Beginning with tiny patches of grass in which you were told you could hunt eggs, your choices have been limited, but that ends soon. You will be, & already have been, presented with choices concerning where to attend school, what to select as a major, what courses to take in your freshman year, where to live, with whom to live, etc. It can be overwhelming, but the reality is that it only multiplies exponentially from this point forward.

I extend to you an invitation to be thoughtful, considerate people in a world populated by unserious, easily outraged people who rarely think, but rather react rashly absent important facts. Be a proactive person who makes purposeful decisions, the consequences of which you're willing to accept. Own what you do & what you say - & that includes what you post online, which, by the way, is usually as impossible to retract as words spewed in anger.

As we were told in chapel last week, "You will become your choices." Make informed, prayerful choices, & when you don't, make the choice to admit you made a mistake & rectify the situation as best as you can. Be, as Aristotle advised, a person of high intention, sincere effort, & intelligent execution.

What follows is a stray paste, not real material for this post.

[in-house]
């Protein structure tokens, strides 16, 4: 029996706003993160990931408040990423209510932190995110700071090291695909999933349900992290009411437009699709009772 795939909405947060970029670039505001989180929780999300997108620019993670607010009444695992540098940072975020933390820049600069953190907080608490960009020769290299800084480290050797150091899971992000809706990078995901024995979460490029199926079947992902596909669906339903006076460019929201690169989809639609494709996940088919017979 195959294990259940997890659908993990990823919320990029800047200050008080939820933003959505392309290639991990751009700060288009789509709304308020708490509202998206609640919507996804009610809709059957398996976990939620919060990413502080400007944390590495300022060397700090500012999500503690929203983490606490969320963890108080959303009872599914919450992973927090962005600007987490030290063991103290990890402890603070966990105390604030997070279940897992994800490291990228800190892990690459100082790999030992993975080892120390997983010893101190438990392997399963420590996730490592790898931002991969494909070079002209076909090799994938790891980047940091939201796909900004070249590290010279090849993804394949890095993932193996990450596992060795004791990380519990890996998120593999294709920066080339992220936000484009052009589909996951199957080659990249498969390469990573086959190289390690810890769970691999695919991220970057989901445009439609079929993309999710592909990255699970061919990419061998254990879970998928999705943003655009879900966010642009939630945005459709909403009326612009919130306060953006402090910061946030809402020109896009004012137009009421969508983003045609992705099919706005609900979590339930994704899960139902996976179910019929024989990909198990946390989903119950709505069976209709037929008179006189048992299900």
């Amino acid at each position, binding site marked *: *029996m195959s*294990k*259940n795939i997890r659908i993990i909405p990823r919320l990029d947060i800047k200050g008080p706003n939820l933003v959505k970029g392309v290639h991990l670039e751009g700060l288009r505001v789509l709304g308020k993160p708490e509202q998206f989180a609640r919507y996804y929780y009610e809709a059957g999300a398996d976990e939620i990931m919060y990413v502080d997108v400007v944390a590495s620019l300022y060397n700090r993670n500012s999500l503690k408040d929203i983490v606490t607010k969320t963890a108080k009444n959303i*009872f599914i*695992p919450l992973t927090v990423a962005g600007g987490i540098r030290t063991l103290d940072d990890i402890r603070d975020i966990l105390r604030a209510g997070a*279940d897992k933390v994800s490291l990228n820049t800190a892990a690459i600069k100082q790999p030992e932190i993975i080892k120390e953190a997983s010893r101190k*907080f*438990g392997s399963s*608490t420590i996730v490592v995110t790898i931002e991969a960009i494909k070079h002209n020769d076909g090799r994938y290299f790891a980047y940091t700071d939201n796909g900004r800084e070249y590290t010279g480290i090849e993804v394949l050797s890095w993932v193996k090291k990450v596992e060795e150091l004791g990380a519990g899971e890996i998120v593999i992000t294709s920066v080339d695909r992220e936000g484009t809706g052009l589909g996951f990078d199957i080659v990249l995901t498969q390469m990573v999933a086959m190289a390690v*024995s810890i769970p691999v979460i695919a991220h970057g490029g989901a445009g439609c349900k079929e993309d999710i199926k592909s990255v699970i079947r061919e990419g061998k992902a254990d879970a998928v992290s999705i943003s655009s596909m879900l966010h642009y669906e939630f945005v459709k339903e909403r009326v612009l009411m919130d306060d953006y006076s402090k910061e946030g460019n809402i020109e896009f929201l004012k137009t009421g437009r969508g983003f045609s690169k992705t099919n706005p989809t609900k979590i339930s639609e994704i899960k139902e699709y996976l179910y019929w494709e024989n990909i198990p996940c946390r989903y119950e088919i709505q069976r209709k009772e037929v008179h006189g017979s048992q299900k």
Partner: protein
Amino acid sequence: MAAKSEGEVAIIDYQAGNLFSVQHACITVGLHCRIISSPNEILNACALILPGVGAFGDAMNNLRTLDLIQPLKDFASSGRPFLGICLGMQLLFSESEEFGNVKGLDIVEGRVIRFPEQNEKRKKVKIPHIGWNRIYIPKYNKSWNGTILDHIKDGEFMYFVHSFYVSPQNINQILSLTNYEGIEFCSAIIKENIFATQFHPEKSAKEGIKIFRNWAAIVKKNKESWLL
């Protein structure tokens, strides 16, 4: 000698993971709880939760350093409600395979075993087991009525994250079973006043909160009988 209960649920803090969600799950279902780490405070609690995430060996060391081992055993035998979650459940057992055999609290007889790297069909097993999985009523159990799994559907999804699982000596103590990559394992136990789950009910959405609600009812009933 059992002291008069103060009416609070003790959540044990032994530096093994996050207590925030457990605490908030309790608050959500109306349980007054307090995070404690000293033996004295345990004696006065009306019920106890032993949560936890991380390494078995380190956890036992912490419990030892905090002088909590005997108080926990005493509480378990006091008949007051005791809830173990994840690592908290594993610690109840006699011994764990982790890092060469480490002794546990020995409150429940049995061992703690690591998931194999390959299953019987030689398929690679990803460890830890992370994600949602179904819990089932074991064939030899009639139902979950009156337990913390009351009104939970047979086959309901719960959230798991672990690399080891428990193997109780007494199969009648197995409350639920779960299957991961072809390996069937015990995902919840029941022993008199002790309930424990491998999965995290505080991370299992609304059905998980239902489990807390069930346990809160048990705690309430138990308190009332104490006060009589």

Again, the opening stanza of "Wide Open Spaces" - -

Who doesn't know what I'm talking about
Who's never left home, who's never struck out
To find a dream and a life of their own
A place in the clouds, a foundation of stone 

I'll leave you with this today (I shall return in a week's time, the Lord willing, to lecture you one more time & weep incoherently):

If you're to successfully navigate the spaces that will soon open before you, if you're to build a life worth living, a life of your own on a foundation of stone, remember Paul's words in I Corinthians 3:11: For no other foundation can anyone lay than that which is laid, which is Christ Jesus. You can attempt to build upon something or someone else, but sooner or later what you erect will crumble. I promise.

Off I go to drink more coffee. I'm humming "Wide Open Spaces" & smiling because Fitzgerald is right. We are indeed borne back ceaselessly into the past.